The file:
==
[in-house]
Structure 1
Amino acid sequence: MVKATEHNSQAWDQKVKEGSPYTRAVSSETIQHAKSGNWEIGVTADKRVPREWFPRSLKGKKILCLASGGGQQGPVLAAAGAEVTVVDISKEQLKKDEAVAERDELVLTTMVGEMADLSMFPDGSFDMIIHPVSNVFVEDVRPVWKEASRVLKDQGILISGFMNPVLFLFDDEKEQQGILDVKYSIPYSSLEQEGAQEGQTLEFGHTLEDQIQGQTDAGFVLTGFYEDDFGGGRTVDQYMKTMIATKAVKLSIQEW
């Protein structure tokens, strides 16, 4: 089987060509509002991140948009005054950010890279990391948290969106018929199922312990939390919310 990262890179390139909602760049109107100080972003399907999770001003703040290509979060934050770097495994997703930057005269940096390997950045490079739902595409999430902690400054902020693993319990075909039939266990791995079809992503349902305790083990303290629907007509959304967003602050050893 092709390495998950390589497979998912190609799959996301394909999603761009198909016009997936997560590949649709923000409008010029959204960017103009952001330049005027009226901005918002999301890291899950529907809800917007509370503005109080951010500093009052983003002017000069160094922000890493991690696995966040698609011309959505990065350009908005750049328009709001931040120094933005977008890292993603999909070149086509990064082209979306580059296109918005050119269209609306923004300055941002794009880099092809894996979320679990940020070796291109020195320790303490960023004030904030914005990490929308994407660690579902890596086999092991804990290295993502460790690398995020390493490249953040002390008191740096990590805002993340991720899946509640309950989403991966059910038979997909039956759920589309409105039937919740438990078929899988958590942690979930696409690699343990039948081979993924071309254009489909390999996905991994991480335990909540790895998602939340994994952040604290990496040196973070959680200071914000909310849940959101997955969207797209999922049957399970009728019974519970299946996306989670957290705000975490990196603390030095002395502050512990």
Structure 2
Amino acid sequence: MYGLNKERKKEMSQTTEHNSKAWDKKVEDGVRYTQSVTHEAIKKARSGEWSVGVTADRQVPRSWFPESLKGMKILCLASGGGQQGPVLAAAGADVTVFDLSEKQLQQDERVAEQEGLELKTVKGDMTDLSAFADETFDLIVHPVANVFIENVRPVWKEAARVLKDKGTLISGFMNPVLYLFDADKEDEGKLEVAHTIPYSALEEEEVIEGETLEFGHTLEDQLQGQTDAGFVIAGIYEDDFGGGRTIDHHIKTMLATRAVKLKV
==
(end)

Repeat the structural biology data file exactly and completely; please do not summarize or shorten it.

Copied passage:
[in-house]
Structure 1
Amino acid sequence: MVKATEHNSQAWDQKVKEGSPYTRAVSSETIQHAKSGNWEIGVTADKRVPREWFPRSLKGKKILCLASGGGQQGPVLAAAGAEVTVVDISKEQLKKDEAVAERDELVLTTMVGEMADLSMFPDGSFDMIIHPVSNVFVEDVRPVWKEASRVLKDQGILISGFMNPVLFLFDDEKEQQGILDVKYSIPYSSLEQEGAQEGQTLEFGHTLEDQIQGQTDAGFVLTGFYEDDFGGGRTVDQYMKTMIATKAVKLSIQEW
């Protein structure tokens, strides 16, 4: 089987060509509002991140948009005054950010890279990391948290969106018929199922312990939390919310 990262890179390139909602760049109107100080972003399907999770001003703040290509979060934050770097495994997703930057005269940096390997950045490079739902595409999430902690400054902020693993319990075909039939266990791995079809992503349902305790083990303290629907007509959304967003602050050893 092709390495998950390589497979998912190609799959996301394909999603761009198909016009997936997560590949649709923000409008010029959204960017103009952001330049005027009226901005918002999301890291899950529907809800917007509370503005109080951010500093009052983003002017000069160094922000890493991690696995966040698609011309959505990065350009908005750049328009709001931040120094933005977008890292993603999909070149086509990064082209979306580059296109918005050119269209609306923004300055941002794009880099092809894996979320679990940020070796291109020195320790303490960023004030904030914005990490929308994407660690579902890596086999092991804990290295993502460790690398995020390493490249953040002390008191740096990590805002993340991720899946509640309950989403991966059910038979997909039956759920589309409105039937919740438990078929899988958590942690979930696409690699343990039948081979993924071309254009489909390999996905991994991480335990909540790895998602939340994994952040604290990496040196973070959680200071914000909310849940959101997955969207797209999922049957399970009728019974519970299946996306989670957290705000975490990196603390030095002395502050512990």
Structure 2
Amino acid sequence: MYGLNKERKKEMSQTTEHNSKAWDKKVEDGVRYTQSVTHEAIKKARSGEWSVGVTADRQVPRSWFPESLKGMKILCLASGGGQQGPVLAAAGADVTVFDLSEKQLQQDERVAEQEGLELKTVKGDMTDLSAFADETFDLIVHPVANVFIENVRPVWKEAARVLKDKGTLISGFMNPVLYLFDADKEDEGKLEVAHTIPYSALEEEEVIEGETLEFGHTLEDQLQGQTDAGFVIAGIYEDDFGGGRTIDHHIKTMLATRAVKLKV